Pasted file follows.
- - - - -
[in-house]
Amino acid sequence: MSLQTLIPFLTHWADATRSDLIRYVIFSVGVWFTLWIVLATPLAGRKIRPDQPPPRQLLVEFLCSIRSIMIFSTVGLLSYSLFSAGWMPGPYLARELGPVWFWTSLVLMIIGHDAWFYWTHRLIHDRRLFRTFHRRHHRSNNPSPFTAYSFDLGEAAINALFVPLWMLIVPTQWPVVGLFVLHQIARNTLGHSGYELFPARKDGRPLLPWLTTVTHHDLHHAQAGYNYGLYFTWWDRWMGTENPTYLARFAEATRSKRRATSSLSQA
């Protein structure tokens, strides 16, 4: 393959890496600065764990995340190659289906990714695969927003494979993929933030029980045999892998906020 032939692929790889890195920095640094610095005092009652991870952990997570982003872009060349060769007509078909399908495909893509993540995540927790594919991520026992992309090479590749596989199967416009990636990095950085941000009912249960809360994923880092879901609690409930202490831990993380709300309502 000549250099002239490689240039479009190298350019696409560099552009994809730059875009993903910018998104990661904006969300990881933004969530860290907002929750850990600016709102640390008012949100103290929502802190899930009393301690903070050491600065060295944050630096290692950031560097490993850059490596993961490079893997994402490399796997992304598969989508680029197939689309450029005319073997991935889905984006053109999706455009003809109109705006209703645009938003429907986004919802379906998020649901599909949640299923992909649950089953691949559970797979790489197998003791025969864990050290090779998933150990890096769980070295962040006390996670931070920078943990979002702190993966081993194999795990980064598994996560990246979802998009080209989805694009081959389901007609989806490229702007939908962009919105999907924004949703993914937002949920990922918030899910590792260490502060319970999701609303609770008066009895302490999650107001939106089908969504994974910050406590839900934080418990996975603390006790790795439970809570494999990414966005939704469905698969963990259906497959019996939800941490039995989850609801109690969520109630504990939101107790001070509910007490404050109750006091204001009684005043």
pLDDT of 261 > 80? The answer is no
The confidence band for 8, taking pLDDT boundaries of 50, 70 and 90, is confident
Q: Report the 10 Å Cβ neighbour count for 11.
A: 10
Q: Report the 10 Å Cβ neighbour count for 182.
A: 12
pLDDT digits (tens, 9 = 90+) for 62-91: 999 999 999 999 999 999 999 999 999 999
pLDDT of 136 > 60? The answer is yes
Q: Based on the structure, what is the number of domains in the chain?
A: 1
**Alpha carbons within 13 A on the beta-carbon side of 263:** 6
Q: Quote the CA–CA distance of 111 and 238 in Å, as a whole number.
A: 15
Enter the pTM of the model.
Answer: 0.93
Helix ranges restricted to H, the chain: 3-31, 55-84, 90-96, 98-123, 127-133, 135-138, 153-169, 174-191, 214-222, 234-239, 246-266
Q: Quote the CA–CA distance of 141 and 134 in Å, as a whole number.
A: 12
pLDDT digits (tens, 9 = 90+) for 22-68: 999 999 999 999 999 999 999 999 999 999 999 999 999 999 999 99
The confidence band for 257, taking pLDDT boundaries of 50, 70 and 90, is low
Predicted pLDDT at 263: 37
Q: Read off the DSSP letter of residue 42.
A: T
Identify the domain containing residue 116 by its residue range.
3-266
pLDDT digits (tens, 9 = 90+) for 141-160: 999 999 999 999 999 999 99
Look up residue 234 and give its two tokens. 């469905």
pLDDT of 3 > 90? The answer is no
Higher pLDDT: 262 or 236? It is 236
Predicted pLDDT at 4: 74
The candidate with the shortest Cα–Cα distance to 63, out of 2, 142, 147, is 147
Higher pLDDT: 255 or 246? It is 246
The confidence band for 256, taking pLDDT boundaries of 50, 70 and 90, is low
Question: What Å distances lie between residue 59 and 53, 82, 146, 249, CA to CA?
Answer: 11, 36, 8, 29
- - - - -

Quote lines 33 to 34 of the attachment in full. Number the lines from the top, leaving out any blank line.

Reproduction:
Predicted pLDDT at 4: 74
The candidate with the shortest Cα–Cα distance to 63, out of 2, 142, 147, is 147